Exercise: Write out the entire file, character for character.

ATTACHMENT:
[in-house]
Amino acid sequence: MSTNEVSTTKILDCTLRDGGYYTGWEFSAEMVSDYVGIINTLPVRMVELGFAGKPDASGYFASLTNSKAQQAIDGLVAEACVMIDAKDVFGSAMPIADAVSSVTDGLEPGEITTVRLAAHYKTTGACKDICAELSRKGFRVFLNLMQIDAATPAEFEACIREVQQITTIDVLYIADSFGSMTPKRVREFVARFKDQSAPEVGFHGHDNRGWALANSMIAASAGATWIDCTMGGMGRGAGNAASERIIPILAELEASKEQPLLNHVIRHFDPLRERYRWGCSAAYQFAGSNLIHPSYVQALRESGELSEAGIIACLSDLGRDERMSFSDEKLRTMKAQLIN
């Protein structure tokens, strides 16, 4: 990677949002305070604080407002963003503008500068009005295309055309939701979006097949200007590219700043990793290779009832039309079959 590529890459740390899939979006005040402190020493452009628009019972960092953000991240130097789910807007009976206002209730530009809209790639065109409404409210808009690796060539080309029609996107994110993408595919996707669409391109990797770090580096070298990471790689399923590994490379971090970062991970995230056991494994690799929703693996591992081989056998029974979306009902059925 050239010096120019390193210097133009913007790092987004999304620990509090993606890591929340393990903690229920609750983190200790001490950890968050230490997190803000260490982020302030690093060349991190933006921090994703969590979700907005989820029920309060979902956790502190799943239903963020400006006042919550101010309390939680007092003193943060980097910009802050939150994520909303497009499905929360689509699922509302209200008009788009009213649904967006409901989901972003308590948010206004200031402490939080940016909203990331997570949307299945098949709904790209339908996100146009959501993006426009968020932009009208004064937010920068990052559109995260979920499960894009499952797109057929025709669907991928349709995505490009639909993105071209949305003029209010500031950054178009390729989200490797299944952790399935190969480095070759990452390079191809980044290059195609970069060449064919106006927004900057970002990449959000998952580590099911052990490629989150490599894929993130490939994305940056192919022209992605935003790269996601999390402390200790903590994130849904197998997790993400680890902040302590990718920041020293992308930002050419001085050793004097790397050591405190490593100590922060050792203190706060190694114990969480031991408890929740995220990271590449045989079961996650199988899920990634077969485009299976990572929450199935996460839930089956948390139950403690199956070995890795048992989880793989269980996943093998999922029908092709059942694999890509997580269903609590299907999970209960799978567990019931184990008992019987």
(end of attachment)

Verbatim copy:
[in-house]
Amino acid sequence: MSTNEVSTTKILDCTLRDGGYYTGWEFSAEMVSDYVGIINTLPVRMVELGFAGKPDASGYFASLTNSKAQQAIDGLVAEACVMIDAKDVFGSAMPIADAVSSVTDGLEPGEITTVRLAAHYKTTGACKDICAELSRKGFRVFLNLMQIDAATPAEFEACIREVQQITTIDVLYIADSFGSMTPKRVREFVARFKDQSAPEVGFHGHDNRGWALANSMIAASAGATWIDCTMGGMGRGAGNAASERIIPILAELEASKEQPLLNHVIRHFDPLRERYRWGCSAAYQFAGSNLIHPSYVQALRESGELSEAGIIACLSDLGRDERMSFSDEKLRTMKAQLIN
């Protein structure tokens, strides 16, 4: 990677949002305070604080407002963003503008500068009005295309055309939701979006097949200007590219700043990793290779009832039309079959 590529890459740390899939979006005040402190020493452009628009019972960092953000991240130097789910807007009976206002209730530009809209790639065109409404409210808009690796060539080309029609996107994110993408595919996707669409391109990797770090580096070298990471790689399923590994490379971090970062991970995230056991494994690799929703693996591992081989056998029974979306009902059925 050239010096120019390193210097133009913007790092987004999304620990509090993606890591929340393990903690229920609750983190200790001490950890968050230490997190803000260490982020302030690093060349991190933006921090994703969590979700907005989820029920309060979902956790502190799943239903963020400006006042919550101010309390939680007092003193943060980097910009802050939150994520909303497009499905929360689509699922509302209200008009788009009213649904967006409901989901972003308590948010206004200031402490939080940016909203990331997570949307299945098949709904790209339908996100146009959501993006426009968020932009009208004064937010920068990052559109995260979920499960894009499952797109057929025709669907991928349709995505490009639909993105071209949305003029209010500031950054178009390729989200490797299944952790399935190969480095070759990452390079191809980044290059195609970069060449064919106006927004900057970002990449959000998952580590099911052990490629989150490599894929993130490939994305940056192919022209992605935003790269996601999390402390200790903590994130849904197998997790993400680890902040302590990718920041020293992308930002050419001085050793004097790397050591405190490593100590922060050792203190706060190694114990969480031991408890929740995220990271590449045989079961996650199988899920990634077969485009299976990572929450199935996460839930089956948390139950403690199956070995890795048992989880793989269980996943093998999922029908092709059942694999890509997580269903609590299907999970209960799978567990019931184990008992019987």